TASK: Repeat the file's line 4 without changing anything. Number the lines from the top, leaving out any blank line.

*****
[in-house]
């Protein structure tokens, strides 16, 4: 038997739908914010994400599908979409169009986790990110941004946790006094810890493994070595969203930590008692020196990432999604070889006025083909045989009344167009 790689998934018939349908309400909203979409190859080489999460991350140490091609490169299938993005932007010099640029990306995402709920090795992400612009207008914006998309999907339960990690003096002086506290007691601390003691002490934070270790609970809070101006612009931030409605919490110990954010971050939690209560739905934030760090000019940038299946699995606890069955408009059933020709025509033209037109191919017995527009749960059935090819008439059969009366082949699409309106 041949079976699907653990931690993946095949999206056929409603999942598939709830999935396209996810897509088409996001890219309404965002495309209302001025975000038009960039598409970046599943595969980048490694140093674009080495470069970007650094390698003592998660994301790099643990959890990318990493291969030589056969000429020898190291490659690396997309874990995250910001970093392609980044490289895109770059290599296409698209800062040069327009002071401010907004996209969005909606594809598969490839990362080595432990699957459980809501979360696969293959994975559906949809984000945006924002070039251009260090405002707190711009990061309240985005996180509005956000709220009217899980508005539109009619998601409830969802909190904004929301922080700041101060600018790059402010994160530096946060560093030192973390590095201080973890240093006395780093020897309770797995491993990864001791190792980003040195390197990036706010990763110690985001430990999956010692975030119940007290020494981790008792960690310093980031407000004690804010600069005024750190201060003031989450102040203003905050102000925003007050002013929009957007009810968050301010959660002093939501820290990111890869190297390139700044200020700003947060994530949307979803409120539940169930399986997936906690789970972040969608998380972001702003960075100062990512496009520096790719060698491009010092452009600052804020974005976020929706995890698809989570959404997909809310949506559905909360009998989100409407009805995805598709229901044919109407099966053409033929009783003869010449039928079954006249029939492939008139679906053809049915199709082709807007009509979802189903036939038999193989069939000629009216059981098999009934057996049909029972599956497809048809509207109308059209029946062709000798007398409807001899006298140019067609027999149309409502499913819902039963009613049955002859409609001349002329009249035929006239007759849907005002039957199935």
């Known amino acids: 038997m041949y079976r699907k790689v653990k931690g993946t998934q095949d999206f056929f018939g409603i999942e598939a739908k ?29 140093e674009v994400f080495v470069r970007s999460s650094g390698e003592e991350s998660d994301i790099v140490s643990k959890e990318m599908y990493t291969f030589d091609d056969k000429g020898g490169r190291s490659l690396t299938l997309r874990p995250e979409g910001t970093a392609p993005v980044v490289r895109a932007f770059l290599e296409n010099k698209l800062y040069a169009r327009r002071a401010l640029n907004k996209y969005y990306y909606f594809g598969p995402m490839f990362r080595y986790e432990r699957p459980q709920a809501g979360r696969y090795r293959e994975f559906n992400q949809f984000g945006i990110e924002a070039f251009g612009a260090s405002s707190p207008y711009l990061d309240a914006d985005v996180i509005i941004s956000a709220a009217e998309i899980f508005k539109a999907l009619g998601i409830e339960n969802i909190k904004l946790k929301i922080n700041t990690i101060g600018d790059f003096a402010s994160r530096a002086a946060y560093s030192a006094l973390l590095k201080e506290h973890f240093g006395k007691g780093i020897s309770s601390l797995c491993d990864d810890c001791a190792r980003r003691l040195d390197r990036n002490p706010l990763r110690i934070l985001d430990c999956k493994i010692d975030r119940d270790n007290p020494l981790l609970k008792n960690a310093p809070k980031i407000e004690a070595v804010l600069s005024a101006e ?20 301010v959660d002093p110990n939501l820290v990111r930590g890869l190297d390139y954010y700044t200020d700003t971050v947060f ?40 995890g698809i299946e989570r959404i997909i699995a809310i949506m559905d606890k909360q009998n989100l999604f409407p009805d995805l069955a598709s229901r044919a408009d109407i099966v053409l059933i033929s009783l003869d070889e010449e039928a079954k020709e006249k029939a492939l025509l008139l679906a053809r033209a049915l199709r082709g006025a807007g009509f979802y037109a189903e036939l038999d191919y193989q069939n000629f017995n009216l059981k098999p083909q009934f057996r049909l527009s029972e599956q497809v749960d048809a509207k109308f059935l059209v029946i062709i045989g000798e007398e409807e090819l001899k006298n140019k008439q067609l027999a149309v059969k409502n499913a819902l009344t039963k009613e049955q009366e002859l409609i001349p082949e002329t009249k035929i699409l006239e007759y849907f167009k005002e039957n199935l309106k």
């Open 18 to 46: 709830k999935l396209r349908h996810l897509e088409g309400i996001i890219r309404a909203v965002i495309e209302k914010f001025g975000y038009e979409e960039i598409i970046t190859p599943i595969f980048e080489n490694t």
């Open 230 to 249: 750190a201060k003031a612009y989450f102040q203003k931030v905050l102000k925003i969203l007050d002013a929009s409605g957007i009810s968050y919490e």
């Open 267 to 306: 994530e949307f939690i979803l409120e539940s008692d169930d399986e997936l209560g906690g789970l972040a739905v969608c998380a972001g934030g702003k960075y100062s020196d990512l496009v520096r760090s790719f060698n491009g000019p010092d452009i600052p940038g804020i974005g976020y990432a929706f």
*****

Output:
């Open 18 to 46: 709830k999935l396209r349908h996810l897509e088409g309400i996001i890219r309404a909203v965002i495309e209302k914010f001025g975000y038009e979409e960039i598409i970046t190859p599943i595969f980048e080489n490694t």